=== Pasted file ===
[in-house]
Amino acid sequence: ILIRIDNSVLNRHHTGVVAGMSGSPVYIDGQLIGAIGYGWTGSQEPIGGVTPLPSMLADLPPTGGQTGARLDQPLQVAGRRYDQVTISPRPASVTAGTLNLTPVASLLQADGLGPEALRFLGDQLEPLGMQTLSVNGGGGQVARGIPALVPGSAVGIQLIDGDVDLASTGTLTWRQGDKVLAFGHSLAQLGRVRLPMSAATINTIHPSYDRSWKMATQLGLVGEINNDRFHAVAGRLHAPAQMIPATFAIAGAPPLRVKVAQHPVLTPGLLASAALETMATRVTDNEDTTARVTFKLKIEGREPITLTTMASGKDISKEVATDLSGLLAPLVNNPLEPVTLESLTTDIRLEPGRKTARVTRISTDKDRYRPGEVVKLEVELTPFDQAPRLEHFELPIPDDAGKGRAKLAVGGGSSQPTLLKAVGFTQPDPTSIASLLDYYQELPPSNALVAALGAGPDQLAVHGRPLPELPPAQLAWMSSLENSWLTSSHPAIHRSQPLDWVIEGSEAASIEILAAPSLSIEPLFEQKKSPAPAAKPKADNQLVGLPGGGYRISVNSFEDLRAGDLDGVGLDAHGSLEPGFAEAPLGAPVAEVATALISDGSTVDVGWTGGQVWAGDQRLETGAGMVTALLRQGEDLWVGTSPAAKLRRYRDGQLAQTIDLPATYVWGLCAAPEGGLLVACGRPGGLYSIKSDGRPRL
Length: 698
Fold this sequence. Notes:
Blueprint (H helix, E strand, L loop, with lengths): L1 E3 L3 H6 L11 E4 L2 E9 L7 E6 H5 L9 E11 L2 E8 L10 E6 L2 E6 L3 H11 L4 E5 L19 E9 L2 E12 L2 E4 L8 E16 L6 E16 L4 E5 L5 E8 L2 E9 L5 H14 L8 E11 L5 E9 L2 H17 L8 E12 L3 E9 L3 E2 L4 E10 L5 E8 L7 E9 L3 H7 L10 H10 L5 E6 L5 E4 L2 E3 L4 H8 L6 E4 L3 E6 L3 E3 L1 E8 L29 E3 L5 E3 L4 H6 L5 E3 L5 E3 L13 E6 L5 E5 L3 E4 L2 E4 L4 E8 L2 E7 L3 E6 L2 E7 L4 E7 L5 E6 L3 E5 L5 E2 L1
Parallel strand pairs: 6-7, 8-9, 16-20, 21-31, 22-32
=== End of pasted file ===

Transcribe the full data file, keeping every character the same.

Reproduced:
[in-house]
Amino acid sequence: ILIRIDNSVLNRHHTGVVAGMSGSPVYIDGQLIGAIGYGWTGSQEPIGGVTPLPSMLADLPPTGGQTGARLDQPLQVAGRRYDQVTISPRPASVTAGTLNLTPVASLLQADGLGPEALRFLGDQLEPLGMQTLSVNGGGGQVARGIPALVPGSAVGIQLIDGDVDLASTGTLTWRQGDKVLAFGHSLAQLGRVRLPMSAATINTIHPSYDRSWKMATQLGLVGEINNDRFHAVAGRLHAPAQMIPATFAIAGAPPLRVKVAQHPVLTPGLLASAALETMATRVTDNEDTTARVTFKLKIEGREPITLTTMASGKDISKEVATDLSGLLAPLVNNPLEPVTLESLTTDIRLEPGRKTARVTRISTDKDRYRPGEVVKLEVELTPFDQAPRLEHFELPIPDDAGKGRAKLAVGGGSSQPTLLKAVGFTQPDPTSIASLLDYYQELPPSNALVAALGAGPDQLAVHGRPLPELPPAQLAWMSSLENSWLTSSHPAIHRSQPLDWVIEGSEAASIEILAAPSLSIEPLFEQKKSPAPAAKPKADNQLVGLPGGGYRISVNSFEDLRAGDLDGVGLDAHGSLEPGFAEAPLGAPVAEVATALISDGSTVDVGWTGGQVWAGDQRLETGAGMVTALLRQGEDLWVGTSPAAKLRRYRDGQLAQTIDLPATYVWGLCAAPEGGLLVACGRPGGLYSIKSDGRPRL
Length: 698
Fold this sequence. Notes:
Blueprint (H helix, E strand, L loop, with lengths): L1 E3 L3 H6 L11 E4 L2 E9 L7 E6 H5 L9 E11 L2 E8 L10 E6 L2 E6 L3 H11 L4 E5 L19 E9 L2 E12 L2 E4 L8 E16 L6 E16 L4 E5 L5 E8 L2 E9 L5 H14 L8 E11 L5 E9 L2 H17 L8 E12 L3 E9 L3 E2 L4 E10 L5 E8 L7 E9 L3 H7 L10 H10 L5 E6 L5 E4 L2 E3 L4 H8 L6 E4 L3 E6 L3 E3 L1 E8 L29 E3 L5 E3 L4 H6 L5 E3 L5 E3 L13 E6 L5 E5 L3 E4 L2 E4 L4 E8 L2 E7 L3 E6 L2 E7 L4 E7 L5 E6 L3 E5 L5 E2 L1
Parallel strand pairs: 6-7, 8-9, 16-20, 21-31, 22-32